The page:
New York Rangers: Keeping The PIM Count Low

The New York Rangers have been one of the least penalized teams in the league this year. Here is a look at how they have done so, and what it means for them going forward.

Penalties and powerplays have a way of changing a game, and the New York Rangers know this all too well. The momentum frequently swings heavily towards the team with the man advantage, and scoring while on one is the best way to punish the opposition for their own lackluster play.

Staying out of the box is often one of many keys to a successful team, and the New York Rangers have been terrific in that sense this year.

The Rangers are the third least penalized team in the NHL. Their 354 penalty minutes are only outdone by Chicago’s 352 and Carolina’s 312. They have been shorthanded 138 times, which is tied for second least in the NHL with San Jose and Vancouver, and surpassed again by Carolina, who have been shorthanded 130 times.

For a team that has its issues defensively, this small amount of penalties has, in a way, helped the Rangers keep a decent penalty killing percentage. They are currently 11th in the NHL in PK%, sporting an 82.6% in that category.

Taking as few penalties as they have makes it less likely for teams to be able to expose their poor defensive coverage down a man.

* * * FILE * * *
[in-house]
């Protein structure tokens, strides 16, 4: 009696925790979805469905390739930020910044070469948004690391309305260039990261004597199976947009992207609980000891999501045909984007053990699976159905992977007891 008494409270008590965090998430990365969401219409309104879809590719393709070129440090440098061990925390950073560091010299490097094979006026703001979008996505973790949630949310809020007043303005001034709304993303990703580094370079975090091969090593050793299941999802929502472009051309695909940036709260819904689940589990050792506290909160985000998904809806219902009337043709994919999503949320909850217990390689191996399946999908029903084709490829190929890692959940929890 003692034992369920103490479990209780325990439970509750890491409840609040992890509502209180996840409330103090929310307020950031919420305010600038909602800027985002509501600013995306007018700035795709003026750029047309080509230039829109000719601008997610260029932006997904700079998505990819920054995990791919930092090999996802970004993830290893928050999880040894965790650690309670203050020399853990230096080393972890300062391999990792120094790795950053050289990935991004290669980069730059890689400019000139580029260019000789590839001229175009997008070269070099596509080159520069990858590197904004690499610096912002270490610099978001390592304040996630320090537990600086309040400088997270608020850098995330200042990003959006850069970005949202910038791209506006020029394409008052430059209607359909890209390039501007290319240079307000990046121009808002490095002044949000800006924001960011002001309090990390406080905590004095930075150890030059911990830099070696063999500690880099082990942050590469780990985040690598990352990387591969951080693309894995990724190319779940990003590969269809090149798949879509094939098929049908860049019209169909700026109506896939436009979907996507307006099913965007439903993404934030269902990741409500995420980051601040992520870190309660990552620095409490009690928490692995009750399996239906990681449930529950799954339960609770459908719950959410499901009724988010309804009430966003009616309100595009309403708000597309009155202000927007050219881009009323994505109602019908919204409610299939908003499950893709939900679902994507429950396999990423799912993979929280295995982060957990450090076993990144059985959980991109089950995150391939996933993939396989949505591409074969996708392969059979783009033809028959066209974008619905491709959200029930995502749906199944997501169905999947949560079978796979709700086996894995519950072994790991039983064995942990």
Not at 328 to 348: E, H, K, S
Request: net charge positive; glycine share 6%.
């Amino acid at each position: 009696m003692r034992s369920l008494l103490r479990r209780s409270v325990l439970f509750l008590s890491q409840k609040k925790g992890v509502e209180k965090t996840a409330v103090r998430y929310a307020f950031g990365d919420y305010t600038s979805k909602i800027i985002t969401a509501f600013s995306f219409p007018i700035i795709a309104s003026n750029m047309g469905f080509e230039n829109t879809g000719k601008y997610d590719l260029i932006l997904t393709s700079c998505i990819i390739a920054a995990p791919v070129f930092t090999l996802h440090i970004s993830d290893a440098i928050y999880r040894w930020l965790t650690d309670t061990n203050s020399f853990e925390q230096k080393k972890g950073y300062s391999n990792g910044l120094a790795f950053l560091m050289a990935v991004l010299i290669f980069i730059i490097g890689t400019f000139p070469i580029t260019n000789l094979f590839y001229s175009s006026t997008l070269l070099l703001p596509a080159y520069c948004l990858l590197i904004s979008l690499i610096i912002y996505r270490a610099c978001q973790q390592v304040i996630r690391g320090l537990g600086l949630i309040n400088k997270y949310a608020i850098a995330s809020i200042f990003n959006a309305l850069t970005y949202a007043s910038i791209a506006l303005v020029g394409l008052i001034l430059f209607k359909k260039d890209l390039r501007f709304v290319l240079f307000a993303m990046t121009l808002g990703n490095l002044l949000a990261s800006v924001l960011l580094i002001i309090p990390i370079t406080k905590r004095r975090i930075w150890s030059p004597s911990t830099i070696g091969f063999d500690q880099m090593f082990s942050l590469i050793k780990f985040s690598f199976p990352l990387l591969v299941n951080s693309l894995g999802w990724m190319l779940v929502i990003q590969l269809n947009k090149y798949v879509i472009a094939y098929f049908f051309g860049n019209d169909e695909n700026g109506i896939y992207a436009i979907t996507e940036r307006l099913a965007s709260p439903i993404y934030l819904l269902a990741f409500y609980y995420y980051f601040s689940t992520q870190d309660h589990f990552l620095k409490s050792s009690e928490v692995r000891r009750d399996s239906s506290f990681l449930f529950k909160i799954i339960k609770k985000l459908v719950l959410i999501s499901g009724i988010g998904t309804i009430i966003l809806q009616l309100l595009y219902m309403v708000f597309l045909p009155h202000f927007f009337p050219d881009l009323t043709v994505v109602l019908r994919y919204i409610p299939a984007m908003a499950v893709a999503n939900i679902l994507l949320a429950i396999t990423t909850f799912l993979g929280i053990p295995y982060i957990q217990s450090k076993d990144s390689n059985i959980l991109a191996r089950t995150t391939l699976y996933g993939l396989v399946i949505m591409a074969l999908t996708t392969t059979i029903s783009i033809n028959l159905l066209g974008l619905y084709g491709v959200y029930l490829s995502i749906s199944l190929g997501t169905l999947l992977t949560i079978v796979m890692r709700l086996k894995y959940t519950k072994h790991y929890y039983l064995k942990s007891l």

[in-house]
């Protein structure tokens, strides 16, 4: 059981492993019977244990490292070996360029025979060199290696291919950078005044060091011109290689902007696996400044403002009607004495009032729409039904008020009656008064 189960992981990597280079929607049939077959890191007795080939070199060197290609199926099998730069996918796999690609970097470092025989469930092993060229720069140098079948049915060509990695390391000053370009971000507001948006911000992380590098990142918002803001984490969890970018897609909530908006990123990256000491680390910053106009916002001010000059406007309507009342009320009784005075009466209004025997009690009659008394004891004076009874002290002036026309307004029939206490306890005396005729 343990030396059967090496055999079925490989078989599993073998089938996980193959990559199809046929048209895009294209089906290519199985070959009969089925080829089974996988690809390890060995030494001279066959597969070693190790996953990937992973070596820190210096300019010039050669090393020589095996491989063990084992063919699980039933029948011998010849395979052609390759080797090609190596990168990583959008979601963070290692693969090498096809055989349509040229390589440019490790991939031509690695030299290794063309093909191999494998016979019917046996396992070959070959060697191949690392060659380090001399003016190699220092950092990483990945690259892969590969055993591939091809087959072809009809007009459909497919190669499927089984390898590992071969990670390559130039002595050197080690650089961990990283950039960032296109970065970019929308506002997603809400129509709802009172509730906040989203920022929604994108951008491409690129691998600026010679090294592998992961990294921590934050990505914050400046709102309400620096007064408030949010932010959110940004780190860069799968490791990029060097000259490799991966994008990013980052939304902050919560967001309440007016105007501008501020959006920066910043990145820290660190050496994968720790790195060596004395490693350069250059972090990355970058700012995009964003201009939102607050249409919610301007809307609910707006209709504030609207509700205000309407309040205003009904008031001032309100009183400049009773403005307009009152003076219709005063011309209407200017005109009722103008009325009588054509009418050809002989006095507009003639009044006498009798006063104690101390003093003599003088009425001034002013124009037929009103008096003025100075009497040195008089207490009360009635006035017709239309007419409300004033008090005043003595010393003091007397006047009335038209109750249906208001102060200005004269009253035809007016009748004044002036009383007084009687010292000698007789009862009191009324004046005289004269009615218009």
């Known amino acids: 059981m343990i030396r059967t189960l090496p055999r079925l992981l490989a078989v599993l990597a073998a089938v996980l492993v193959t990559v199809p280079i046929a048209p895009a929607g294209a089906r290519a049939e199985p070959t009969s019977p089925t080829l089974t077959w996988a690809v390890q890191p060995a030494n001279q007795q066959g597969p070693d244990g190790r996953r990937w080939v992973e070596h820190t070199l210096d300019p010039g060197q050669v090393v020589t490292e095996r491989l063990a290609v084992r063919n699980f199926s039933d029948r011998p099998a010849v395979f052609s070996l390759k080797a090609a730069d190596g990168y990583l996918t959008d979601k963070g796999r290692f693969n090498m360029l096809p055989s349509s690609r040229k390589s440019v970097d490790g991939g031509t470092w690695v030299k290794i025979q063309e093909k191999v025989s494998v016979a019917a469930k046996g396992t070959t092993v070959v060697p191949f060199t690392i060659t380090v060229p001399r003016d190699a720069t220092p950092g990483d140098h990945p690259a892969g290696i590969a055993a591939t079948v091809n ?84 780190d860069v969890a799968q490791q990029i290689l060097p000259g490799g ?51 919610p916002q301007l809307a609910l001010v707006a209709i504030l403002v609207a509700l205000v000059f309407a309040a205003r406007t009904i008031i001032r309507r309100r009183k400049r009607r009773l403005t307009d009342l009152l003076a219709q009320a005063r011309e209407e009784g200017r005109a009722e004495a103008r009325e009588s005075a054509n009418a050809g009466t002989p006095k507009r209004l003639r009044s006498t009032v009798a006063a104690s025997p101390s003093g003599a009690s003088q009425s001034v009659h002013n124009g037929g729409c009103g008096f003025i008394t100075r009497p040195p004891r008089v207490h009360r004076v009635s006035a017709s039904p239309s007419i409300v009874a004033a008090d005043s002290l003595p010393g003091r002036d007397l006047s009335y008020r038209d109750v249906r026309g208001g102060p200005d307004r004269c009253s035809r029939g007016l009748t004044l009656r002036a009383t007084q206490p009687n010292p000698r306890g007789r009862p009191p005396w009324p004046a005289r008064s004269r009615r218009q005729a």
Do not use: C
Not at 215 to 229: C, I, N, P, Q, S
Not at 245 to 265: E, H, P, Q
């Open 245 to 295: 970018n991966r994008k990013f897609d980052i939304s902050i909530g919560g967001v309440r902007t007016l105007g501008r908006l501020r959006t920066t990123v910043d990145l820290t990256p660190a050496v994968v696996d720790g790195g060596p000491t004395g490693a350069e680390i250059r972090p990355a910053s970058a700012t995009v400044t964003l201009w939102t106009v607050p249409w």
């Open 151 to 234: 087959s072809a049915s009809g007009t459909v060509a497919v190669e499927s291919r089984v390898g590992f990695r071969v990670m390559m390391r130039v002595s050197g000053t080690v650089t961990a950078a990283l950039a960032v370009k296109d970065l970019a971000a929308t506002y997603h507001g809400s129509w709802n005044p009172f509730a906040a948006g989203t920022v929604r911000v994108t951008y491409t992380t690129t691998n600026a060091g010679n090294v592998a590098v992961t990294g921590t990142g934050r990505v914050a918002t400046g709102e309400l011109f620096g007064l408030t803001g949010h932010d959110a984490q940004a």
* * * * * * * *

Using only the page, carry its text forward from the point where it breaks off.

How do the Rangers take so few penalties?

The most obvious reason is their lack of an enforcer. The Rangers are one of the least likely teams to engage in a fight this season, and currently do not dress an enforcer like they have in previous seasons with players like Tanner Glass.

Many of the recent Cup winners have iced similar lineups, going with four scoring lines for offensive depth, and not wasting a roster spot on a player whose only role is to fight. This is the formula for success in this day and age of the NHL.

Besides this aspect put forth by management this year, the Rangers also have a remarkable number of forwards in their lineup whose defensive skill is more stick based than physicality based.

While that can draw criticisms from some, it has kept the Rangers from being shorthanded more often. Players like Michael Grabner, the new and defensively improved Kevin Hayes, and even more physical forwards like Rick Nash all benefit from having high hockey IQs and smart defensive sticks.

Which Rangers are penalized the most?

Most of the Rangers penalties come from their defensemen. Four of their top five penalty takers come from that position (Ryan McDonagh, Kevin Klein, Brady Skjei and Marc Staal).

This can be chalked up as a result of the Rangers poor coverage from their D this year, and many either take penalties as a last ditch effort to stop an attacker, or as a way of overcompensating for their partner’s poor coverage.

However this can be seen as a red flag, as it points to the Rangers most glaring weakness. With that said, however, the penalty minute count is low even for the defensemen; theirs just happen to be higher than any forward on the team not name Chris Kreider.

Kreider is the current most penalized player on the team with 34 penalty minutes to his credit this year, a strikingly low number to lead a team with.

While the team may be in contender limbo this year, they have the formula for success in their grasp. The Rangers know it is no longer important to ice an enforcer, and that running four deep scoring lines wins games.

They also know that staying out of the box is key, and running this system is a surefire way to do so. Once the back end is built up to contending quality, the Rangers can be sure that winning will be a byproduct of consistently staying out of the penalty box.

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